3. The way that I generated some useable word lists is here.
  4. And the complete sentences that I adapted are here.

You can download this as a word document here: Assessment4SampleVocabDiagnostic

Sample Vocabulary Diagnostic Assessment


  1. The children were arg__________ over which TV programme to watch.
  2. You must che__________ the evidence against other sources and decide if it is reliable.
  3. Residents are com__________ because traffic in the area has increased.
  4. If my calculations are cor__________, we’re about 10 kilometres from Christchurch.
  5. The statement gives us a fal__________ impression that we understand something when we do not.
  6. You can gue__________ what happened next.
  7. Many wines imp__________ with age.
  8. Make a lis__________ of all the things you have to do.
  9. She received an eight-year prison sen__________.
  10. Pupils should know how to spe__________ commonly used words.


  1. Aroha ach__________ very good exam results.
  2. She still needs to ana__________ the data.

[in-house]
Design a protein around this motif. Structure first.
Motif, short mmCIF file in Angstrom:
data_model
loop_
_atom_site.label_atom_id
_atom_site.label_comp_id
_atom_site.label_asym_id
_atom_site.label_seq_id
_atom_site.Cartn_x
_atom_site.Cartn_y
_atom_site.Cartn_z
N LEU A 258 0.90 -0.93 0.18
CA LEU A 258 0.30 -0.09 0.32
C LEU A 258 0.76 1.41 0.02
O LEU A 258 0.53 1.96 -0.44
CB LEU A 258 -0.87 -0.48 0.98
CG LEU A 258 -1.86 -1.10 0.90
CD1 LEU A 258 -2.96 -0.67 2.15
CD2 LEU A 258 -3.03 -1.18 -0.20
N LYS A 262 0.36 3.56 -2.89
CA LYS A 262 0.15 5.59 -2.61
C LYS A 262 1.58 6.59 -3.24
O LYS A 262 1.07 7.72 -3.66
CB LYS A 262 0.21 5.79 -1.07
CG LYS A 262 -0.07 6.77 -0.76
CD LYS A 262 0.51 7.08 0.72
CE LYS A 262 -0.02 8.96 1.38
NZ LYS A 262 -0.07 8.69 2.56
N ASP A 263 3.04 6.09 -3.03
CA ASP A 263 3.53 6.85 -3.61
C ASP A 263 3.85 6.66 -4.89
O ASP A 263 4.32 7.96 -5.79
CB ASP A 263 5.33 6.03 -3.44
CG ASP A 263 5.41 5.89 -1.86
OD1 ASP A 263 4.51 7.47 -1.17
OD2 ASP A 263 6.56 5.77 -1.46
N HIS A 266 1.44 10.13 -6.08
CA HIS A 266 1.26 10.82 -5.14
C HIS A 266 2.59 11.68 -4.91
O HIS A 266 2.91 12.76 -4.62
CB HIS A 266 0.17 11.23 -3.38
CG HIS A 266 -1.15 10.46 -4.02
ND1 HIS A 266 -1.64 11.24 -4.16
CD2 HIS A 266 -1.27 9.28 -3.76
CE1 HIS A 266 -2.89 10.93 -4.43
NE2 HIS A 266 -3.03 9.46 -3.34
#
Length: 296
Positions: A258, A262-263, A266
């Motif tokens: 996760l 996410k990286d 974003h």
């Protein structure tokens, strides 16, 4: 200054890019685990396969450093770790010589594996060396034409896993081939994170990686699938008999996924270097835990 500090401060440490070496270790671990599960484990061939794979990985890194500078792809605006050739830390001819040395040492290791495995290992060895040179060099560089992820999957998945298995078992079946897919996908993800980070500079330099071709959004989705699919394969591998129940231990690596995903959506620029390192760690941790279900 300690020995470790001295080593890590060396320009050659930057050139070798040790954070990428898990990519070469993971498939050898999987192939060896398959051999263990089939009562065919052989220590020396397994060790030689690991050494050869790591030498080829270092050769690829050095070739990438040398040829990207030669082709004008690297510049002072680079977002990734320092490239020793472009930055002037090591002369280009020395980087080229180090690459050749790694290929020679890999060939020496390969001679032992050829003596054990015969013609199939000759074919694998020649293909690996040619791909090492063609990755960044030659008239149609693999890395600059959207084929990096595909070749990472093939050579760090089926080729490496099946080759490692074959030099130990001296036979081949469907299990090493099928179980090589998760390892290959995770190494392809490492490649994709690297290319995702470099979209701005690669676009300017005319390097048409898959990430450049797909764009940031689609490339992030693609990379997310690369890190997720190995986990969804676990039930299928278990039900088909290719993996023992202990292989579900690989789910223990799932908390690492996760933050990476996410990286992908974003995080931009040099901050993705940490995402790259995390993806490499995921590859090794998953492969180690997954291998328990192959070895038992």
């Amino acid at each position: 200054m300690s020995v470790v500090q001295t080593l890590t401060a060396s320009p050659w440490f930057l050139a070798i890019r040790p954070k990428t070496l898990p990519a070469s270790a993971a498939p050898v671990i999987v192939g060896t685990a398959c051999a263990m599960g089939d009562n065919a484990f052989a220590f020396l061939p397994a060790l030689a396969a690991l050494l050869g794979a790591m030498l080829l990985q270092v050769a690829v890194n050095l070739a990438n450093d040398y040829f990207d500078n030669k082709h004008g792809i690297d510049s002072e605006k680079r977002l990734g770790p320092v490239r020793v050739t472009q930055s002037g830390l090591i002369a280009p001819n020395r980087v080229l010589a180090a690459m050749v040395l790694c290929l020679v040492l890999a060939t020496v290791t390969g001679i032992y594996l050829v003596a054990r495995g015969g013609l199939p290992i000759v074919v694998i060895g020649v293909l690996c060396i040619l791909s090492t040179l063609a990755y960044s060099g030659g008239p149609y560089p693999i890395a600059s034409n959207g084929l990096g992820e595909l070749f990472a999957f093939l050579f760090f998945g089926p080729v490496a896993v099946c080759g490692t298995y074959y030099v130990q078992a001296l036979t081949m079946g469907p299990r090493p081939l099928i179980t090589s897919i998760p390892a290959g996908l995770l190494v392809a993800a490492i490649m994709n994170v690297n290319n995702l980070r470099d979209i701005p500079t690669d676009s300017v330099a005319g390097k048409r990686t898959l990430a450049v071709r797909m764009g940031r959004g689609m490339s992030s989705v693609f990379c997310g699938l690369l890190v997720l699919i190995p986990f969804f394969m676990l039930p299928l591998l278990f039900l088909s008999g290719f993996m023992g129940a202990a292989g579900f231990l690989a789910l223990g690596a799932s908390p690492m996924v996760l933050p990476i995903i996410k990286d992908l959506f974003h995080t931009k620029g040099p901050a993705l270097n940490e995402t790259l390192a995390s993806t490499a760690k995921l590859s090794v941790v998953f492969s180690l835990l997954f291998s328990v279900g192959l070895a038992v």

3. Crime rates are significantly higher in urban are__________.
  4. Dealing with people is the most important asp__________ of my work.
  5. It’s clear that the company has a bia__________ against women and minorities.
  6. One hyp__________ is that the victim fell asleep while driving.
  7. Water is com__________ of hydrogen and oxygen.
  8. The study dem__________ the link between low literacy and poor health.
  9. The newspaper edi__________ letters before printing them
  10. You should be able to eva__________ your own work.


  1. I noticed that he spoken with a slight American acc__________.
  2. NATO is an acr__________ for the North Atlantic Treaty Organization.
  3. Aff__________ are a group of letters added to the beginning or end of a word to change its meaning or use, such as ‘un-‘, ‘mis-‘, ‘-ness’, or ‘-ly’